With new challenges and opportunities, financial business models are quickly reshaping. Our global team of business strategists, technologists and industry leaders focuses on delivering more collaborative and frictionless insight-driven and technology-enabled services while navigating the evolving risk and regulatory landscape. To tackle the delicate balance of issues, we bring fresh thinking and practical execution across all sectors including: asset and wealth management, banking and capital markets, insurance and private equity.
List of Business Modeling which we offer
This model forecasts a company’s income statement, balance sheet and cash flow statement, all being dynamically linked with formulas in Excel. The objective is to explore the company’s performance under a variety of different assumptions and visualizing company’s operating, investing and financing decisions.
Based on the 3 statement model, Discounted cash flow (DCF) is used in equity research as well as other capital market fields. DCF estimates the value of an investment based on its future cash flows using a discount rate. It attempts to figure out the value of a company today, based on projections of how much revenue it will generate in the future.
This advanced model is used to evaluate the pro forma accretion/dilution of a merger or acquisition. basically, A merger is the “combination” of two companies, under a mutual agreement, to form a consolidated entity. An acquisition occurs when one company proposes to offer cash or its shares to acquire another company. The model is most commonly used in investment banking and/or corporate development.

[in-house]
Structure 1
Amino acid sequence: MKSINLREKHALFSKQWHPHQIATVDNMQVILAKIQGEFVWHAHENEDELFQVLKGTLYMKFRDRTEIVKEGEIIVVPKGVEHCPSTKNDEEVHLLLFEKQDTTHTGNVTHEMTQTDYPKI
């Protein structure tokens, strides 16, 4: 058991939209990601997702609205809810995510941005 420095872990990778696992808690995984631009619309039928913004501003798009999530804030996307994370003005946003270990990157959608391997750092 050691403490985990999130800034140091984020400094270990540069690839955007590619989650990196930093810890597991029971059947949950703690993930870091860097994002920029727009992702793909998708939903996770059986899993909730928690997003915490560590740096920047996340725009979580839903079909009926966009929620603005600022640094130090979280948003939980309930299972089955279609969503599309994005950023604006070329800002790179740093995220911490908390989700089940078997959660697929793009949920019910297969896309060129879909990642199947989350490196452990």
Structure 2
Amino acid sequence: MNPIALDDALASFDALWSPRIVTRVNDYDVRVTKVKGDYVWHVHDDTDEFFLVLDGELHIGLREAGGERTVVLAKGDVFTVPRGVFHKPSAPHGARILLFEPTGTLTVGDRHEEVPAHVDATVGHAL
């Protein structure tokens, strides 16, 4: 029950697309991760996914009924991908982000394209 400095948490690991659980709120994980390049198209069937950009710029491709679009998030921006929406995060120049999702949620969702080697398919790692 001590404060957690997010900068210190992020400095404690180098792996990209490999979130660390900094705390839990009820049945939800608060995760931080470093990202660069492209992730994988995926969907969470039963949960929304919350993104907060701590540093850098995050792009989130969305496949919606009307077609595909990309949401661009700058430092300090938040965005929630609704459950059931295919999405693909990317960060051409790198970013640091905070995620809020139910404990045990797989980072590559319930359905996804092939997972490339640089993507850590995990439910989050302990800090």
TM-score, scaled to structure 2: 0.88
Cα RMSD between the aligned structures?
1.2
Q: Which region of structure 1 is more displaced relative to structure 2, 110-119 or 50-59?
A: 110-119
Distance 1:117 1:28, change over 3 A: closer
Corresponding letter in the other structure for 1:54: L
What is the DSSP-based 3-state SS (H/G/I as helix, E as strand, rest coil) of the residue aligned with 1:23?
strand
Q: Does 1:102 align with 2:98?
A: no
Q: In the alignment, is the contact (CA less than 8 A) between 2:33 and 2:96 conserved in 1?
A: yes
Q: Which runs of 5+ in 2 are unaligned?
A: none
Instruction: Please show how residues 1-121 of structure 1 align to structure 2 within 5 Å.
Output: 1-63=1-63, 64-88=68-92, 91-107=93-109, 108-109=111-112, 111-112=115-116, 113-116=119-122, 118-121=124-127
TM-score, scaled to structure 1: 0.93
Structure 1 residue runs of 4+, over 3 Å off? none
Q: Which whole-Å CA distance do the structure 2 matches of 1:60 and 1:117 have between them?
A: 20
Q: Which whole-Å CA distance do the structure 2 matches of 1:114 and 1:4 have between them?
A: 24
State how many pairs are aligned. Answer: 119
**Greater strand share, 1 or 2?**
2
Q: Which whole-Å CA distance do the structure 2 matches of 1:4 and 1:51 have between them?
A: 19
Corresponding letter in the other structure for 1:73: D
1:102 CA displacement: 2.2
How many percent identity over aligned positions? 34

An initial public offering (IPO) is the process that transforms a privately-owned enterprise into a public company whose shares are traded on a stock exchange. When a company goes public, it is owned by the shareholders who purchase its stock.
A leveraged buyout (LBO) is the acquisition of another company using a significant amount of borrowed money to meet the cost of acquisition. The assets of the company being acquired are often used as collateral for the loans, along with the assets of the acquiring company.
The sum-of-the-parts valuation (SOTP) is a process of valuing a company by determining what its aggregate divisions would be worth if they were spun off or acquired by another company. The valuation provides a range of values for a company’s equity by aggregating the standalone value of each of its business units and arriving at a single total enterprise value (TEV).
A Consolidation Model is constructed by combining the financial results of multiple business units into one single model. Typically, the first worksheet of the model is a summary or consolidation view that shows the highest-level figures (monthly and yearly revenues, profits, costs, productivity rate, etc.) in the form of tables, graphs or charts.
The process of budget creation, called budget modeling, consists of management estimation of future costs and revenues. This model is usually itemized and is a fluid document that is updated as more information is known about the budget period.
Forecasting is a technique that uses historical data as inputs to make informed estimates that are predictive in determining the direction of future trends. Businesses utilize forecasting to determine how to allocate their budgets or plan for anticipated expenses for an upcoming period of time.